America in the 1850s


What was the lifespan of the white American at this time?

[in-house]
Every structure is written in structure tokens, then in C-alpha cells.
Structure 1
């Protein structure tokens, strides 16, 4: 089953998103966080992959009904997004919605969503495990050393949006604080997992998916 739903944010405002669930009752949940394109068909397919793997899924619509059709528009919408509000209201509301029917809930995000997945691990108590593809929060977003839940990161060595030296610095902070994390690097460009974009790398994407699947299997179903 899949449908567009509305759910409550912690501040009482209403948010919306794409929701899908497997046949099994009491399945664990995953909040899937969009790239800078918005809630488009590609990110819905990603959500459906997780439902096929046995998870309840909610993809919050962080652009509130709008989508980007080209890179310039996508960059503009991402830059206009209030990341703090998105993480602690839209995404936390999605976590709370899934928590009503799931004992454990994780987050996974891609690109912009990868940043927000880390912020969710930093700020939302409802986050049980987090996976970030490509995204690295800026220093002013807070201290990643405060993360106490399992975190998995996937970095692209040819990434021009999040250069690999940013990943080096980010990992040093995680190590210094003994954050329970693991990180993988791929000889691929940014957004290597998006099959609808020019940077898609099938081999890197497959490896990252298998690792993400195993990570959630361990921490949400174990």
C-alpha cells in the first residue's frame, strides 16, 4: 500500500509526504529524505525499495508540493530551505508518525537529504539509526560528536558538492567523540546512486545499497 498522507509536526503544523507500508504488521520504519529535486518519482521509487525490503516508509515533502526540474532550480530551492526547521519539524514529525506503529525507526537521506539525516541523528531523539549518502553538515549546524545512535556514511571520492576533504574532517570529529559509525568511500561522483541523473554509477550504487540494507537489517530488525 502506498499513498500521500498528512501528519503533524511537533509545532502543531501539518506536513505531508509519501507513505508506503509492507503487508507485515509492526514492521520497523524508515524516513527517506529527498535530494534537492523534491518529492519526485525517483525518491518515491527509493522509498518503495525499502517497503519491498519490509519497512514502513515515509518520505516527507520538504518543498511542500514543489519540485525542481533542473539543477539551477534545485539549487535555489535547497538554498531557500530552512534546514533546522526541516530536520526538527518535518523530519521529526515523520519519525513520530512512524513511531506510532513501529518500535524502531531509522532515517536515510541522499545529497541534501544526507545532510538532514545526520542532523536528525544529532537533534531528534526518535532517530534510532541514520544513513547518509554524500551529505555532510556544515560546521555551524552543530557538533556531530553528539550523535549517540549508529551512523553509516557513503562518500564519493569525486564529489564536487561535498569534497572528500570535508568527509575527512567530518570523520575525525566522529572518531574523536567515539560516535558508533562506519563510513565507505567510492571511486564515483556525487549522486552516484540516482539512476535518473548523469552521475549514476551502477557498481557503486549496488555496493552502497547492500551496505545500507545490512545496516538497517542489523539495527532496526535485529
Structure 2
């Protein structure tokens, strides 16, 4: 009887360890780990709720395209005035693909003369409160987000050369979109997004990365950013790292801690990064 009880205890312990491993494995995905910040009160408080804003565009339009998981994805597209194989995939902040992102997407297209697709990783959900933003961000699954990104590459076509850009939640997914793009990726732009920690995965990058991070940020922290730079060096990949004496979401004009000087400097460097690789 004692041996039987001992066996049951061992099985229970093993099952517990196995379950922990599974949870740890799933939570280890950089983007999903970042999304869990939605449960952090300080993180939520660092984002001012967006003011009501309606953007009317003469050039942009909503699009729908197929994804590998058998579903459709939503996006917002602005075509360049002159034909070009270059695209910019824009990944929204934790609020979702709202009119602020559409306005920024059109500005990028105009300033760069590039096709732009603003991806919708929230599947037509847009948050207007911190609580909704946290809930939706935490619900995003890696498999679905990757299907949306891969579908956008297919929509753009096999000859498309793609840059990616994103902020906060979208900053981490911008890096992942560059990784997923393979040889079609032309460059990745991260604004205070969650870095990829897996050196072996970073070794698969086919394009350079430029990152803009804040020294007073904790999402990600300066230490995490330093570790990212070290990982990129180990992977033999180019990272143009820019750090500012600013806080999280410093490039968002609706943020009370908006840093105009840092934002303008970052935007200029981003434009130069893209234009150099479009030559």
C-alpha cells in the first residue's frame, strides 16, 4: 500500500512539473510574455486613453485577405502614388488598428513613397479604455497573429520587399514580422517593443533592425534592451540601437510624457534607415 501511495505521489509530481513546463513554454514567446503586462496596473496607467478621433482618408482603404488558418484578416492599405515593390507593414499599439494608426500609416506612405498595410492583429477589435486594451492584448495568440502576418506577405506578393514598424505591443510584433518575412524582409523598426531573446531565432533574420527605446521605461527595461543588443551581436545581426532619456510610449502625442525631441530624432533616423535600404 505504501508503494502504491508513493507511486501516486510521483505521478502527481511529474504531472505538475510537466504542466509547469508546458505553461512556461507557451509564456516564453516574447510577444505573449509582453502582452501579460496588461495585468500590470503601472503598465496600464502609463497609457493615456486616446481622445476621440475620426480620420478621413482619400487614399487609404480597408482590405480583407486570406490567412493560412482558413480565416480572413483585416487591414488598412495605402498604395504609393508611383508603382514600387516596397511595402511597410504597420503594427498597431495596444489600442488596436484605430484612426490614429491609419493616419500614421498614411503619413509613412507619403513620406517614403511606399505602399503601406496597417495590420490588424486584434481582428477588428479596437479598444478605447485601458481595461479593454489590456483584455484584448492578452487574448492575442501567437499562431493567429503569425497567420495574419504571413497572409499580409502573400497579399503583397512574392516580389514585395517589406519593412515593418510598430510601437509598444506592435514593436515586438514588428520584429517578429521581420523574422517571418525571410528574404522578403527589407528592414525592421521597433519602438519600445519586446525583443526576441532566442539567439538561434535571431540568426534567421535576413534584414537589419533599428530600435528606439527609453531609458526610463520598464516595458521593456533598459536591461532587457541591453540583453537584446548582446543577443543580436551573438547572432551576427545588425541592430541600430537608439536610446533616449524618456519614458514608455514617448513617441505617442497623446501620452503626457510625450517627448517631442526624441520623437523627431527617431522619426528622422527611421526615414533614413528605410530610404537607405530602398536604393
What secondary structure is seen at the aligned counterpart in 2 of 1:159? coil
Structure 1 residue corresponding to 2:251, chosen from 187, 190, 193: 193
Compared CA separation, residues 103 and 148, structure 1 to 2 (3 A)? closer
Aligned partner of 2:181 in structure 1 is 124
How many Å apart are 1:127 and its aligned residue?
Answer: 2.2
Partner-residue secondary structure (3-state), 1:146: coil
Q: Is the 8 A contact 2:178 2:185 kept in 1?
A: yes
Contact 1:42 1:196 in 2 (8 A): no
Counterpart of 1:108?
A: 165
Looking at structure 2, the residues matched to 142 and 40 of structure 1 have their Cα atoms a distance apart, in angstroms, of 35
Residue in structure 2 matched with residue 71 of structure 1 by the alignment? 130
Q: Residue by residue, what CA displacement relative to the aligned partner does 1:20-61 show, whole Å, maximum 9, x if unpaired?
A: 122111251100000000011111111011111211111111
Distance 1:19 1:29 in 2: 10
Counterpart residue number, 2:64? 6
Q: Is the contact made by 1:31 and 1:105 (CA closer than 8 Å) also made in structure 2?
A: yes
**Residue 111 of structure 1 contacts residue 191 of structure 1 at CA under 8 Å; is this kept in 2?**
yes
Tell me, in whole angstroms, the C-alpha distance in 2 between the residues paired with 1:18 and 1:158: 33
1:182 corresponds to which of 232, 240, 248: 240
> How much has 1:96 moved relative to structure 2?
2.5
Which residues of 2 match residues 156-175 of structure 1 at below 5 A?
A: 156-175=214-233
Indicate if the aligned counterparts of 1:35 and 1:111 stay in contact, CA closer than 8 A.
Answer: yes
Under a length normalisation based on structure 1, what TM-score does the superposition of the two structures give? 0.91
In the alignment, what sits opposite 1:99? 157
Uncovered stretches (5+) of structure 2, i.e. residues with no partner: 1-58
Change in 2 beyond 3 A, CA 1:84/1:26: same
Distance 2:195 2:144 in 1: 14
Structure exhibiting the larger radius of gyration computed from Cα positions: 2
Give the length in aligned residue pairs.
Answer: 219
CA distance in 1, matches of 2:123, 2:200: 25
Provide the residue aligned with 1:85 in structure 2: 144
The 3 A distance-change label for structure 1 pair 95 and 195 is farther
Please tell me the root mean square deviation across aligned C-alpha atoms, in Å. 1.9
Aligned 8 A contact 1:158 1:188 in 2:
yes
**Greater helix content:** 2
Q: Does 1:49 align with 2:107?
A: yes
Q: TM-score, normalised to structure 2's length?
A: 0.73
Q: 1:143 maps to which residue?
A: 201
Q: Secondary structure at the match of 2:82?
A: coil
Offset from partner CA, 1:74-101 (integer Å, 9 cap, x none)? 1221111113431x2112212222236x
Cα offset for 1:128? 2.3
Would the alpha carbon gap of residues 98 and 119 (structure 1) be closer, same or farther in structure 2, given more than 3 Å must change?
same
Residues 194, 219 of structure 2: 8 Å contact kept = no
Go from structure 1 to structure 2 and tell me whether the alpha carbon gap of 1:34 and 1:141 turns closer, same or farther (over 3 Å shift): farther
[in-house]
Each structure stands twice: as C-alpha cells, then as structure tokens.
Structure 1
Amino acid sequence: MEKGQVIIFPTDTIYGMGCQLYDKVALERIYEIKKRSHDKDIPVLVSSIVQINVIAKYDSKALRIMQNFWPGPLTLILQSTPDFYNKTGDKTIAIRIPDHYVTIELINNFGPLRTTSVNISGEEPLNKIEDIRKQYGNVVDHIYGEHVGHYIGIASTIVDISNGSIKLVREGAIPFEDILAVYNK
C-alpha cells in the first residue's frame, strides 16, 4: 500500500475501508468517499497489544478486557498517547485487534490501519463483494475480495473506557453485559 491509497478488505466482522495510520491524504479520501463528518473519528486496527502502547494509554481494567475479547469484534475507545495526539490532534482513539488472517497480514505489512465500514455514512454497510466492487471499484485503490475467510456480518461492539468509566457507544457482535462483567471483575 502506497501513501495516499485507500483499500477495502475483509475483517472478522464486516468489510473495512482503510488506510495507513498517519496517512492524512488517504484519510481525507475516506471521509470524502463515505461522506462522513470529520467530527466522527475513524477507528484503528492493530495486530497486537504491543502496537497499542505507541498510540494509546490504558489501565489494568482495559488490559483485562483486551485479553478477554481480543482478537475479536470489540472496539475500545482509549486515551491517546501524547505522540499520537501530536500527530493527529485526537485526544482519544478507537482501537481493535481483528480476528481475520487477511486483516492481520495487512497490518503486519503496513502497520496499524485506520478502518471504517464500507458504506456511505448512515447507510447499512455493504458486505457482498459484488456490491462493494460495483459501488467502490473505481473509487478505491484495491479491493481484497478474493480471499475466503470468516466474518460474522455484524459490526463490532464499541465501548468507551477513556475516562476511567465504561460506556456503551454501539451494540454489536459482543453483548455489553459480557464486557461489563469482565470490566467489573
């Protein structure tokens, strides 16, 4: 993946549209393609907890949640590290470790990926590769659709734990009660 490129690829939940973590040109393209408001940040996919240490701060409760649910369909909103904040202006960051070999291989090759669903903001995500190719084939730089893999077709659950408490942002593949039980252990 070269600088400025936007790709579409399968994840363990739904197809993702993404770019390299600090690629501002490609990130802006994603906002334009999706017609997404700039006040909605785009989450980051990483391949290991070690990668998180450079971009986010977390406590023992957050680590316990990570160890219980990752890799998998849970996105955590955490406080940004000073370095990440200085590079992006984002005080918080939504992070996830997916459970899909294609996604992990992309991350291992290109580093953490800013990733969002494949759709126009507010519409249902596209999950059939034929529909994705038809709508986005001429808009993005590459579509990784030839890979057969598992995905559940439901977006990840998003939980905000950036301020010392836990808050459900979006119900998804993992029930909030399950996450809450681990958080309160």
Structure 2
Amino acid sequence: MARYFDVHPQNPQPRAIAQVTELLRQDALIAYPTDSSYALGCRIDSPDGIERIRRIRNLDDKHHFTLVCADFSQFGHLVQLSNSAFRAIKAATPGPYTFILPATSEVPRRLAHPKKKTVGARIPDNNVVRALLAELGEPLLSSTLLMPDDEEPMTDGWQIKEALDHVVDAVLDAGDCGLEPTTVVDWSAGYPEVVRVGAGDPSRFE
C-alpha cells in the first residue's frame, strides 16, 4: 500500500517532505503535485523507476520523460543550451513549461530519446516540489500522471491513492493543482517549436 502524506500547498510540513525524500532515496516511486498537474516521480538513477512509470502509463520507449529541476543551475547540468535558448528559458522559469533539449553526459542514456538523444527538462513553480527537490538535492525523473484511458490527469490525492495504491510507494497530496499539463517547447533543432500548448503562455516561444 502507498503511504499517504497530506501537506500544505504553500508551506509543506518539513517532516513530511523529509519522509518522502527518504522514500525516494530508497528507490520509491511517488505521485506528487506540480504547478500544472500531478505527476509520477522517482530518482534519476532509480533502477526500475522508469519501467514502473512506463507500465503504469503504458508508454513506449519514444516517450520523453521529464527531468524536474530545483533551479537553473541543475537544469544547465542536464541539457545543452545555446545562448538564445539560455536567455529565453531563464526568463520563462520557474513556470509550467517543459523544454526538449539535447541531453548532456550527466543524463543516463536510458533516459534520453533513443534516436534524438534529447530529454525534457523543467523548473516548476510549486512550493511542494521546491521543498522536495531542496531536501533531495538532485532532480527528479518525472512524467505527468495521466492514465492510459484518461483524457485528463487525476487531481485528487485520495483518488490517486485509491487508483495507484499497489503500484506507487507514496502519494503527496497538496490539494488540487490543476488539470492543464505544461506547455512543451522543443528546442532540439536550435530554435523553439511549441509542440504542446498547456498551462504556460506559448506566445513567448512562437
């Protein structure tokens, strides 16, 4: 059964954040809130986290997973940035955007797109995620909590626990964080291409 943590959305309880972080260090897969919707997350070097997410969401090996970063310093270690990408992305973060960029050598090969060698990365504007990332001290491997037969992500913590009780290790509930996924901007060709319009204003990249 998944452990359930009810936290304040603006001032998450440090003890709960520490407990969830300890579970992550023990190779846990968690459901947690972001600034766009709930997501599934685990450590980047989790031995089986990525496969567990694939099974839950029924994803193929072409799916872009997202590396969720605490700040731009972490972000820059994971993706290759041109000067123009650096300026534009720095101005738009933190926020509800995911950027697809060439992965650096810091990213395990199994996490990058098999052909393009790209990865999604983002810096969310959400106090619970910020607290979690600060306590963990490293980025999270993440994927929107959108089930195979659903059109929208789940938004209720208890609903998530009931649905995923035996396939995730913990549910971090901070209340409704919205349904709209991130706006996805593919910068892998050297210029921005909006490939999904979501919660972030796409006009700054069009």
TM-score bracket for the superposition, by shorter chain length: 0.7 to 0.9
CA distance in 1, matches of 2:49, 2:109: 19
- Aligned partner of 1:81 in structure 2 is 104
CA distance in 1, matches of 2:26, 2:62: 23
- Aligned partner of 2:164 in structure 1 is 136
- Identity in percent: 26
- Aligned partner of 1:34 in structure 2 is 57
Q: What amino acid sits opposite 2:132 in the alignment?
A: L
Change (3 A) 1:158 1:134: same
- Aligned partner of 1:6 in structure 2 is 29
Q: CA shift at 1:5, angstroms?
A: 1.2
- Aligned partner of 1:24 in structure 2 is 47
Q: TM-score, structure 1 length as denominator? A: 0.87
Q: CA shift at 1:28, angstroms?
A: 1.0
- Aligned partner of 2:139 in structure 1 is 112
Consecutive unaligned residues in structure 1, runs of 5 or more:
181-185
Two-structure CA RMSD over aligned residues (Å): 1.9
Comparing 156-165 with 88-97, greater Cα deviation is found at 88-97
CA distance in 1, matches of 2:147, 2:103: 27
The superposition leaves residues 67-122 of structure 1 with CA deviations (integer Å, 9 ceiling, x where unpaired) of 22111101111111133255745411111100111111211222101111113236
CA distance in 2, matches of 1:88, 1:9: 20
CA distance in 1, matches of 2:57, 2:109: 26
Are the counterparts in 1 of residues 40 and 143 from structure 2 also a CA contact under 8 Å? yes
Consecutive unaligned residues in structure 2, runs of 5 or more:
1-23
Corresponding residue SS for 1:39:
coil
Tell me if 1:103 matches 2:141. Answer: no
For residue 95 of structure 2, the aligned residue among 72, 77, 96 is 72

It is much more difficult to say than, for example, the lifespan of an average person today. The reason for this is that there were several great “bars” or “hurdles” to cross on the way to a good old age. Quite a few Americans did make it to their seventies or eighties, but they had to make it past the childhood illnesses that came on at around the age of three. Assuming one made it through chickenpox, measles, and the like, there was another great time of hazard for women: the childbearing years. Even if a woman did not die while giving birth, she often succumbed to complications after the fact. But assuming that she made it past that barrier, the next big one was the time of accidents, trips, and falls. These were especially prevalent in the lives of men, and the risk was compounded by how much “frontier life” they were exposed to. Cutting down trees, sawing wood, building log-frame houses, not to mention fording streams and breaking in animals, all took their toll, and it was a rather rare person who made it to middle age without enduring real wounds and accidents. One affliction that befalls modern-day Americans was not very prevalent in their time: heart attacks. The vigorous labor they performed, plus the relatively clean food they ate, kept heart attacks at bay. High blood pressure and strokes were another matter, however: many Americans were felled by what was at that time called a “fit of apoplexy.”


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